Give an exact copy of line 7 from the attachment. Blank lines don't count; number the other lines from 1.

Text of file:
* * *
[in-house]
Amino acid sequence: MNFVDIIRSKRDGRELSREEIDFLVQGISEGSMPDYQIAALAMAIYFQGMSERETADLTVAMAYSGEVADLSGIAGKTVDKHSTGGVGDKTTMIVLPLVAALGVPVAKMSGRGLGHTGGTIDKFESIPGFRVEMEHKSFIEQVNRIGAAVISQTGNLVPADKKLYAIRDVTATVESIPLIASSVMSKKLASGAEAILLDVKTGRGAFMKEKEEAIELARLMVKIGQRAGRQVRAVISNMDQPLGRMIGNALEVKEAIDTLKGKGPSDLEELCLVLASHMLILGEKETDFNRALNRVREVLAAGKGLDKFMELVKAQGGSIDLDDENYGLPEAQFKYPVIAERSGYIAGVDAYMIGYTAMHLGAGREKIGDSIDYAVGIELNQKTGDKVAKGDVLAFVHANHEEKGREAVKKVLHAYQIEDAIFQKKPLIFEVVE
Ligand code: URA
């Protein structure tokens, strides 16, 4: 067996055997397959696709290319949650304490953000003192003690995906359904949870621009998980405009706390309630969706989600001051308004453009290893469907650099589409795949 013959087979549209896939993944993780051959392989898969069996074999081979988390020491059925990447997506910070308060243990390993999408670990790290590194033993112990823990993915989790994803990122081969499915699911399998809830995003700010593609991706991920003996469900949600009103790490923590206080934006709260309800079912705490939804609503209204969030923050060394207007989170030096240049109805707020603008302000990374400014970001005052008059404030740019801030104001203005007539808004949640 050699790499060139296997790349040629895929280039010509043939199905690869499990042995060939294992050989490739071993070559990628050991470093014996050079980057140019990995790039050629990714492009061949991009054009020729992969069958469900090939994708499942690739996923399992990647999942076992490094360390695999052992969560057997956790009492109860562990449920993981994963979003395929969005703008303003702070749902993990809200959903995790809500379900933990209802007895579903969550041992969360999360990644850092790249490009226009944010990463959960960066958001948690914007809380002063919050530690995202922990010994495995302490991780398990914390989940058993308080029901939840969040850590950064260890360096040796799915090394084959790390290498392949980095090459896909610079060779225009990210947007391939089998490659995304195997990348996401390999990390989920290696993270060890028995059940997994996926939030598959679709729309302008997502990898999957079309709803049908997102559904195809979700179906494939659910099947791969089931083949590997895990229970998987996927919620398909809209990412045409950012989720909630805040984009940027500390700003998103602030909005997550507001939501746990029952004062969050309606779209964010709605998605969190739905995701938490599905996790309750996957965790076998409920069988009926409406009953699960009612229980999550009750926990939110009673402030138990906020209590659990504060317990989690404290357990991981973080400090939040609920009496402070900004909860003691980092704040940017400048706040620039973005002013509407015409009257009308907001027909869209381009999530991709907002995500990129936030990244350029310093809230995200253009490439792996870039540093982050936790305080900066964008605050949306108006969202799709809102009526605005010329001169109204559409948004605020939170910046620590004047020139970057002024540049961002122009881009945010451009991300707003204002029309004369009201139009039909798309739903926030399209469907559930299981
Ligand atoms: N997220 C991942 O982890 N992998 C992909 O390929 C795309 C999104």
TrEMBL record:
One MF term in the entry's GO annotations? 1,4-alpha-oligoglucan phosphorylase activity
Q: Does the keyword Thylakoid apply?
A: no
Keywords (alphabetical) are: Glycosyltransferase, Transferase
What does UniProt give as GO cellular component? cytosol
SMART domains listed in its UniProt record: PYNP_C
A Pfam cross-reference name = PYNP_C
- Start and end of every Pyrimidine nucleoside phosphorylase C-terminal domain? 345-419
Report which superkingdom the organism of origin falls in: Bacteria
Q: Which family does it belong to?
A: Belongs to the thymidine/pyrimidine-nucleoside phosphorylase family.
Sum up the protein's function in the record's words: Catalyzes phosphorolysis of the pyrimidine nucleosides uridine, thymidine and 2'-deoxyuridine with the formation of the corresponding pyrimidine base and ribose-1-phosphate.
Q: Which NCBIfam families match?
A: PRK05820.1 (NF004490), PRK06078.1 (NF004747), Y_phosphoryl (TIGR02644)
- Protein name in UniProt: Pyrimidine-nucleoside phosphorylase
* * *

One MF term in the entry's GO annotations? 1,4-alpha-oligoglucan phosphorylase activity